“I wanted to be based in Auckland because my home was right there. Instead of which I got the rotation that was all Middlemore, which I resented since I had got really high marks, I thought they should have given me priority. But they didn’t. So I was a bit miffed about that.”

Transitioning from a medical student to a qualified house surgeon came with some minor challenges. During this time, the hospital board several absurd complaints about Maureen, including one patient complaining that she looked too young to be a doctor. However, Maureen brushed these aside and accepted the change in responsibility with only minimal anxieties.

“I remember one night having a problem with a patient, and I called somebody I knew who was a paediatric registrar, who said, “Why are you calling me, I’m the paediatric registrar, I don’t know anything about this.” “

The other hospital staff were particularly supportive of Maureen. Many of the senior doctors had known her father and they took a special interest in her performance, expressing pride in her achievements.

“The nurses, some of the nurses were lovely and taught me all sorts of tricks, like how to unblock a drip. And then there were others who resented me. And I remember when I first went into A&E and worked there, I knew nothing. You know, we were totally unprepared for that sort of environment. And the nurses were very helpful about telling you what to do and how to do it. Then once you became confident in your extra knowledge which allowed you to make different decisions from theirs, well they didn’t like that. You know, once you knew enough to be able to work independently and think for yourself, some of them didn’t like it. But mostly I didn’t have much trouble with nurses.”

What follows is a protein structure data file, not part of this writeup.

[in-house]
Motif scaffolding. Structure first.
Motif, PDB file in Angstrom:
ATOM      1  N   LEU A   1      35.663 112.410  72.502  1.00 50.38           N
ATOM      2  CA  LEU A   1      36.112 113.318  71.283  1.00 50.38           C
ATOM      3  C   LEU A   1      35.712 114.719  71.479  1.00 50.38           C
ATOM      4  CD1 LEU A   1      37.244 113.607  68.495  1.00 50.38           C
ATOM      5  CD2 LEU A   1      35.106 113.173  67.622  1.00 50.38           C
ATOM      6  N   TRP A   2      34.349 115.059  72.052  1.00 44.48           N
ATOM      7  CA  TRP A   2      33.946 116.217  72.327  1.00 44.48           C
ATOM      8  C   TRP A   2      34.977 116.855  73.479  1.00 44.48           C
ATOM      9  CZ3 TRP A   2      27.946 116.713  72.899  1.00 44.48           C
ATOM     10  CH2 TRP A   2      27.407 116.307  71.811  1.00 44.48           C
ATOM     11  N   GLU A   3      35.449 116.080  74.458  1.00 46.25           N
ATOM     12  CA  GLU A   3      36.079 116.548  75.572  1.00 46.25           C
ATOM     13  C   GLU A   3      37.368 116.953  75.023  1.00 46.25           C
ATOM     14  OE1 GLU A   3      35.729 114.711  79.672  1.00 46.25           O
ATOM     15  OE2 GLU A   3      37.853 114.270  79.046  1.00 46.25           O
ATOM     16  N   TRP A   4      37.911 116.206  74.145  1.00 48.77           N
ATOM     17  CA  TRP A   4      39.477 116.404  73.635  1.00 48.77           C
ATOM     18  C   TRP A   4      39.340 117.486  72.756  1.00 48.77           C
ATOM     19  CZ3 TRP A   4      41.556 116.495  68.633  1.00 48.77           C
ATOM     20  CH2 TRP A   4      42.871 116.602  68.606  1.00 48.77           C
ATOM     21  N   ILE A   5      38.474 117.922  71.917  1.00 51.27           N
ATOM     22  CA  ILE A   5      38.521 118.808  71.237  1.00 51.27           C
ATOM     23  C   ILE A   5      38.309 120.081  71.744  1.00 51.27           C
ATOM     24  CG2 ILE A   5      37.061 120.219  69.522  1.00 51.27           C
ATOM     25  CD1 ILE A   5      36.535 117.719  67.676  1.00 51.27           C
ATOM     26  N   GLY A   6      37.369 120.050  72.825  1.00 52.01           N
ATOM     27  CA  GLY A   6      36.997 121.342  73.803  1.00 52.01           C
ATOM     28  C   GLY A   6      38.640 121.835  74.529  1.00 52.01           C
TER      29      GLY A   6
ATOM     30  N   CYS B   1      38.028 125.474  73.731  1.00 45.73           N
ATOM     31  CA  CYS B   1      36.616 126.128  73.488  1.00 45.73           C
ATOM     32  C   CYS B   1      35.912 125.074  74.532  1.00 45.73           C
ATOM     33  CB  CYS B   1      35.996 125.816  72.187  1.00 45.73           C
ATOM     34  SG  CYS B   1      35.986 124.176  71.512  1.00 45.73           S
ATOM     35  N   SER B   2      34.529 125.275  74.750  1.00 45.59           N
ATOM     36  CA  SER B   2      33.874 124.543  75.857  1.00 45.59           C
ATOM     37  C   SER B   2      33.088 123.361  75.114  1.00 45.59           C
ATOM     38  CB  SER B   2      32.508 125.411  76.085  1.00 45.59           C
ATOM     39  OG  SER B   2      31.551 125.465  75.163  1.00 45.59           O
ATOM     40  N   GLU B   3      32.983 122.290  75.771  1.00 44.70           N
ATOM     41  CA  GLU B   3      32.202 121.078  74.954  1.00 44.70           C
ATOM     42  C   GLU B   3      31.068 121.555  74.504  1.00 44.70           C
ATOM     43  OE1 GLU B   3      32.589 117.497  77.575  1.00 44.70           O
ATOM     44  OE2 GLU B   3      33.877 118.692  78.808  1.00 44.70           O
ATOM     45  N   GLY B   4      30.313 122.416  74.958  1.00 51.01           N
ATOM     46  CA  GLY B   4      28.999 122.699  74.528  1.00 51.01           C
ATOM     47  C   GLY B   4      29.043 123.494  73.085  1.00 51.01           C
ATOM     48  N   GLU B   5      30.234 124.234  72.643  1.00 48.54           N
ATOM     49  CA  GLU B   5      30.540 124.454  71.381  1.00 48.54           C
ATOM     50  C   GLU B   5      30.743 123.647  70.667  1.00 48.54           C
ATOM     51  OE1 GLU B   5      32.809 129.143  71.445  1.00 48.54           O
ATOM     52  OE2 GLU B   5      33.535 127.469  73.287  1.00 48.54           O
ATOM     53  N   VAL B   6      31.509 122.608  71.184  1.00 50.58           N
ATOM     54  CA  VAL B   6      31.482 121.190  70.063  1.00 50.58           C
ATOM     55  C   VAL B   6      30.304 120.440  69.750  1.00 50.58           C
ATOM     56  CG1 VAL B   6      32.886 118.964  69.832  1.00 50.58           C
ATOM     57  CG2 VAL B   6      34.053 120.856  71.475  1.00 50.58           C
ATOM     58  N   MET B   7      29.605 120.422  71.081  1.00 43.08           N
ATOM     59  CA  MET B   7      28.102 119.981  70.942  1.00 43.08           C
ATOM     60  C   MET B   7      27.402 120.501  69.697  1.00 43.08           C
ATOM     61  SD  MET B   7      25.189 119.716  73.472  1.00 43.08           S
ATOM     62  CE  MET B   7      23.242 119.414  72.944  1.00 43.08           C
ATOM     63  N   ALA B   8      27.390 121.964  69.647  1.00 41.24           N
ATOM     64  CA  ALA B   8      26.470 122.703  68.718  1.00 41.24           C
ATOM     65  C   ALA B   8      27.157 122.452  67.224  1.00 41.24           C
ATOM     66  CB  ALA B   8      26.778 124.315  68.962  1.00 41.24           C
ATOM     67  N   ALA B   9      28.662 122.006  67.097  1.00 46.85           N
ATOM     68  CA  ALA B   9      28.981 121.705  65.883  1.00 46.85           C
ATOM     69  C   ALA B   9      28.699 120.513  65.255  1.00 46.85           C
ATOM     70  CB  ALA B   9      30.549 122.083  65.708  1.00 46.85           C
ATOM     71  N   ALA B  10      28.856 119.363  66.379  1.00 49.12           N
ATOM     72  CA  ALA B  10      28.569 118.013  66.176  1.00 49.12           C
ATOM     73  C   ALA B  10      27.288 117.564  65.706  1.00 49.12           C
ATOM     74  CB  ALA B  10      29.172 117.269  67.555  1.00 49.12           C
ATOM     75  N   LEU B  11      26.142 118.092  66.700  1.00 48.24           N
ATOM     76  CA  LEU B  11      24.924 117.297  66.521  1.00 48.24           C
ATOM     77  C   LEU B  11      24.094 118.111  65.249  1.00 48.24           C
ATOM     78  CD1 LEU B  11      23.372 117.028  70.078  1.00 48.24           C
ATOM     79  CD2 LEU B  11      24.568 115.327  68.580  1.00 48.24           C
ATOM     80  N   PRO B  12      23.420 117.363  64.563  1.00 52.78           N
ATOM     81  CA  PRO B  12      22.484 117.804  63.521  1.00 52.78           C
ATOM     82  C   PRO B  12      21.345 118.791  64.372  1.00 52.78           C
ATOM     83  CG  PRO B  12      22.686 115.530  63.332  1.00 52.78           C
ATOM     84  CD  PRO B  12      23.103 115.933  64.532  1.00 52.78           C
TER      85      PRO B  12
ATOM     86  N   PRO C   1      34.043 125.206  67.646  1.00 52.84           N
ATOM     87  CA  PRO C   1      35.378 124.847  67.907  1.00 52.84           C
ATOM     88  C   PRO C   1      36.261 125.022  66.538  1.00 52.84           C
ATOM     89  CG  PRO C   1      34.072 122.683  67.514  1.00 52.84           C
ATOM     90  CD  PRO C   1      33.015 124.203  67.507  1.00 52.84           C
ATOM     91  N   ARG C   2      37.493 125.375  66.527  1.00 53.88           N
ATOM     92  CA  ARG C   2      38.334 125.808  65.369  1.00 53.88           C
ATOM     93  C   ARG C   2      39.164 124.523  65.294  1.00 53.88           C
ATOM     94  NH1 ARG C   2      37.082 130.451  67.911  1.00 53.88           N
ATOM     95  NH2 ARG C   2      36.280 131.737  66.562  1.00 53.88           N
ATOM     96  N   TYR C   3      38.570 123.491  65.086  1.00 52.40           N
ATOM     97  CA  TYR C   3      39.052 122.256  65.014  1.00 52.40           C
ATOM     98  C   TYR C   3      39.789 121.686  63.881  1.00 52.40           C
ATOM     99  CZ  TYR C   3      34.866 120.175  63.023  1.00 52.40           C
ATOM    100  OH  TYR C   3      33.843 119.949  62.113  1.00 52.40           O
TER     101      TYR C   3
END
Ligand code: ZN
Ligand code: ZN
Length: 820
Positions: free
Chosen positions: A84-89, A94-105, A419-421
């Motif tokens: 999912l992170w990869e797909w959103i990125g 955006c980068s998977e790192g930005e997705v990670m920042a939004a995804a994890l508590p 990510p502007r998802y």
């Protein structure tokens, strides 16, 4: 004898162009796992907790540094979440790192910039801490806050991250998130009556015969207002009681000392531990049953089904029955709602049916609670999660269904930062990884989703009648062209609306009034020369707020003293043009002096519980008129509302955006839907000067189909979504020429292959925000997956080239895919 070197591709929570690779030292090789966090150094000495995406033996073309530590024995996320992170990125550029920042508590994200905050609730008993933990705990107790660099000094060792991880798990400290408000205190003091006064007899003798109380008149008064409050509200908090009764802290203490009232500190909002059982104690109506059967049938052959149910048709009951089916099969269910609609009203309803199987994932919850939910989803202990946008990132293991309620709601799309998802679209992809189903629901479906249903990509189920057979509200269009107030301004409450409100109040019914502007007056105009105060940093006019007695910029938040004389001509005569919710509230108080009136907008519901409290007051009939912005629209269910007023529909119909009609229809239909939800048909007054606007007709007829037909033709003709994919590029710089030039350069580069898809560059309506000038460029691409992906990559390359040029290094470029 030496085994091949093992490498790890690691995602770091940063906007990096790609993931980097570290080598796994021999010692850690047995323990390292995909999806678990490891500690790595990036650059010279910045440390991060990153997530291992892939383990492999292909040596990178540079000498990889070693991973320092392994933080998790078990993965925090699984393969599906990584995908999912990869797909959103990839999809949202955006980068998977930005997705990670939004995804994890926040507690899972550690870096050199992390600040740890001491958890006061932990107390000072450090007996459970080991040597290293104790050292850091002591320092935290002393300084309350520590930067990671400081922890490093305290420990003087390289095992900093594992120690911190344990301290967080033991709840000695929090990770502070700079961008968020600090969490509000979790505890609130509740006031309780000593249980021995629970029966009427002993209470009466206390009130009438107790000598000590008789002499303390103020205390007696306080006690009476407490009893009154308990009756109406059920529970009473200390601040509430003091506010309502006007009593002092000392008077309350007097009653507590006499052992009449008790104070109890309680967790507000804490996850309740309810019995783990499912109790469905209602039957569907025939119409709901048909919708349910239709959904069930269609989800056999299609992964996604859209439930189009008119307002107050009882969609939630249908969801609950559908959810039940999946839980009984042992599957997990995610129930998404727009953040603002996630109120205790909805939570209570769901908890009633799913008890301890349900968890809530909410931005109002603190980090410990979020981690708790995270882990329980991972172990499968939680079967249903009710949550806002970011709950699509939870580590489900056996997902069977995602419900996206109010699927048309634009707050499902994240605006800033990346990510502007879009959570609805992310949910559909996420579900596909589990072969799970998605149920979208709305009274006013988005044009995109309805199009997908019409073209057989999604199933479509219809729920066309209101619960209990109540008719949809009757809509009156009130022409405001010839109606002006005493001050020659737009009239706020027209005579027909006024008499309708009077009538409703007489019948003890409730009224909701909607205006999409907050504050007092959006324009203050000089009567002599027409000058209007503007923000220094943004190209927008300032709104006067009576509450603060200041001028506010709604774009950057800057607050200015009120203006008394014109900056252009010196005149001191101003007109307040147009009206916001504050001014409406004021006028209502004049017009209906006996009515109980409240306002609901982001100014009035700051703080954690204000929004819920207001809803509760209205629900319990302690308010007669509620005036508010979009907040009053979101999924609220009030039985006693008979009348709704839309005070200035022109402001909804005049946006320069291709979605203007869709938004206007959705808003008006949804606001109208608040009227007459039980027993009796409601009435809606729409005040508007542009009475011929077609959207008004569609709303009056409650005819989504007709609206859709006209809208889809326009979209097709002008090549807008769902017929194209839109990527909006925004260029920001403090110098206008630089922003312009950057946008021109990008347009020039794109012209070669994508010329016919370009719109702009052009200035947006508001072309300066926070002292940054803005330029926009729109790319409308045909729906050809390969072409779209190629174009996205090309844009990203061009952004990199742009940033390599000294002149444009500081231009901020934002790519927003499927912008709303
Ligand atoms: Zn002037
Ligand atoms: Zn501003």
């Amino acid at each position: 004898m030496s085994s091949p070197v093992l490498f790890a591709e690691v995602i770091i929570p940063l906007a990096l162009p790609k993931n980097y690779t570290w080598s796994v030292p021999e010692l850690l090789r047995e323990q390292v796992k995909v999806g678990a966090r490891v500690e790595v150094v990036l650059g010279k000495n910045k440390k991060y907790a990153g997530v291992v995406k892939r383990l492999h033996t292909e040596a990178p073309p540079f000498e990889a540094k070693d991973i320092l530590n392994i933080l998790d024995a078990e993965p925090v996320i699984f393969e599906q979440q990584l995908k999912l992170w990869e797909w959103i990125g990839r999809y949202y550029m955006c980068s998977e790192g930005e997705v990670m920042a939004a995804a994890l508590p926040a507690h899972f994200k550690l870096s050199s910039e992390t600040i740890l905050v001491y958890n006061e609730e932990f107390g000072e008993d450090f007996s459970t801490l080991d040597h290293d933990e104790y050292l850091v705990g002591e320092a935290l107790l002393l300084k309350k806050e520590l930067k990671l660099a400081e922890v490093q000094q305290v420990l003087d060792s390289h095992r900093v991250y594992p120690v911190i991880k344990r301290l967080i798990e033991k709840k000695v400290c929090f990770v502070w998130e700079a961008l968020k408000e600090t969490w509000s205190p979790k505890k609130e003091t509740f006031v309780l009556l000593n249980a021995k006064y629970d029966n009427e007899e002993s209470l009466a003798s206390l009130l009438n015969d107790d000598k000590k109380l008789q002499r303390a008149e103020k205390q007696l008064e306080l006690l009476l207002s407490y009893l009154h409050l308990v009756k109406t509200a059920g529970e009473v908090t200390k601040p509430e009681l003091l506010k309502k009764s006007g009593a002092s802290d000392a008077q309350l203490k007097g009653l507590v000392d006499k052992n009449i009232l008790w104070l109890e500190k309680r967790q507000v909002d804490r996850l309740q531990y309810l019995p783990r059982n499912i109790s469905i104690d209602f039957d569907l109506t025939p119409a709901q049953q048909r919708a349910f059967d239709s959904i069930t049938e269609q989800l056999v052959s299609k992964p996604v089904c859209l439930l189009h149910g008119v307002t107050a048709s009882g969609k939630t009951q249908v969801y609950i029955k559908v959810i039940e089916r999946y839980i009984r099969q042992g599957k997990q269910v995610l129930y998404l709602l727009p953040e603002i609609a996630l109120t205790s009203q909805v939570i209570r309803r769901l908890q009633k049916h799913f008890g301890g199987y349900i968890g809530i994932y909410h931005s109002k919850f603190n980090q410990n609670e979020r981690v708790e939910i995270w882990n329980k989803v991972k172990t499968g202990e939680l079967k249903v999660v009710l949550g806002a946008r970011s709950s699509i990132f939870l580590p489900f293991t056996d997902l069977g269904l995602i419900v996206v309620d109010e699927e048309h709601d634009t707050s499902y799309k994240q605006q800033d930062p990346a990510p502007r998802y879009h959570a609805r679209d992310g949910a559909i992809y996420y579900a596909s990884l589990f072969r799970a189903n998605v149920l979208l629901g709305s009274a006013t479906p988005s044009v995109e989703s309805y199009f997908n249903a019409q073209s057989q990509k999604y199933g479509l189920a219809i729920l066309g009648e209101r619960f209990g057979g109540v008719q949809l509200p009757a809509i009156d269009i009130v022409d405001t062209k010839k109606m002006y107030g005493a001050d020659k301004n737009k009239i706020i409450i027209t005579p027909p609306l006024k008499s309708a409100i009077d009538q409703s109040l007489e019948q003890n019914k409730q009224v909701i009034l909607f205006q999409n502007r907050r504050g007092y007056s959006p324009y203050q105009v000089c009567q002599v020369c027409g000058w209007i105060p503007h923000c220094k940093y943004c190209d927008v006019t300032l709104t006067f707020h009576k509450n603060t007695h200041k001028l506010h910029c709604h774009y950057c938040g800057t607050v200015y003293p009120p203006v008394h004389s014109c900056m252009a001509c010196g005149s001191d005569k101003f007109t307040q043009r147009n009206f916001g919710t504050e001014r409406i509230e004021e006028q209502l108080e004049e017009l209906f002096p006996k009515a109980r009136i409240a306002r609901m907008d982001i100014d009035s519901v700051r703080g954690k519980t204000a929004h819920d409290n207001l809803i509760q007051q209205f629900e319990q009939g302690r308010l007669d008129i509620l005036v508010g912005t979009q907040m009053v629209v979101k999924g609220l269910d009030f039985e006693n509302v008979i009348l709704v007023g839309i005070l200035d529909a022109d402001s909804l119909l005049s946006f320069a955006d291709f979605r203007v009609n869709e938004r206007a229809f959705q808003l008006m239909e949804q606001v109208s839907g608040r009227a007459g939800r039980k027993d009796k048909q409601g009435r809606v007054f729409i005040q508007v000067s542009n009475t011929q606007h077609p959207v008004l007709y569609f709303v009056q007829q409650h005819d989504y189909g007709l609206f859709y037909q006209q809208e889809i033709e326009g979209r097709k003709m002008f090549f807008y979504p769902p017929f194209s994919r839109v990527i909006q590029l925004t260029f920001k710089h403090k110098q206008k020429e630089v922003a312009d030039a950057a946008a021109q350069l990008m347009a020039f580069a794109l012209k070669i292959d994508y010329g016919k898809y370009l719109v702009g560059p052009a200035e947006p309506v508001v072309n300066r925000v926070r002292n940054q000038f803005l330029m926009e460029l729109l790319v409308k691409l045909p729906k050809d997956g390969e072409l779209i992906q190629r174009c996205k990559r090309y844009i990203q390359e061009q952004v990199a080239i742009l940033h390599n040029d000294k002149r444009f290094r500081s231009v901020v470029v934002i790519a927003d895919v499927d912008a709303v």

As her house surgeon training ended, Maureen decided to gain experience in an overseas hospital. Uncertain where her career was heading, she and a friend chose King Edward the Seventh Hospital in Bermuda, which came highly recommended by other New Zealand medical graduates.

“We thought well Bermuda sounds nice, so off we went to Bermuda, and we did a six-month rotation there. And that was fantastic, it was like working in general practice and we got the chance to learn lots of things and have a social life, which we never had when we were house surgeons at Auckland Hospital. It was all just work work, work. But this was lovely, after having worked so hard.”

Career specialty: anesthesiology training in Lebanon & working in a war zone

Next on Maureen’s itinerary was London—the sought-after destination for many medical graduates seeking postgraduate qualifications. Despite her interest in the surgical specialty, by this time Maureen had focused her attention towards anaesthetics, largely for practical reasons.

“When I was a house surgeon, I used to have paroxysms of sneezing in the mornings, and we didn’t have the drugs you have nowadays to stop your sneezing and I just couldn’t be in the theatres sneezing with nose dripping. And so I decided that I liked the theatre atmosphere, I liked the opportunity to get things done, you know I couldn’t have possibly managed somebody’s blood pressure for thirty years, that just wasn’t me. I was much more wanting to get in and do something and fix something. And so I decided that anesthesia was a reasonable compromise. It was in that sort of environment, that you could blow your nose quite regularly if you needed to.”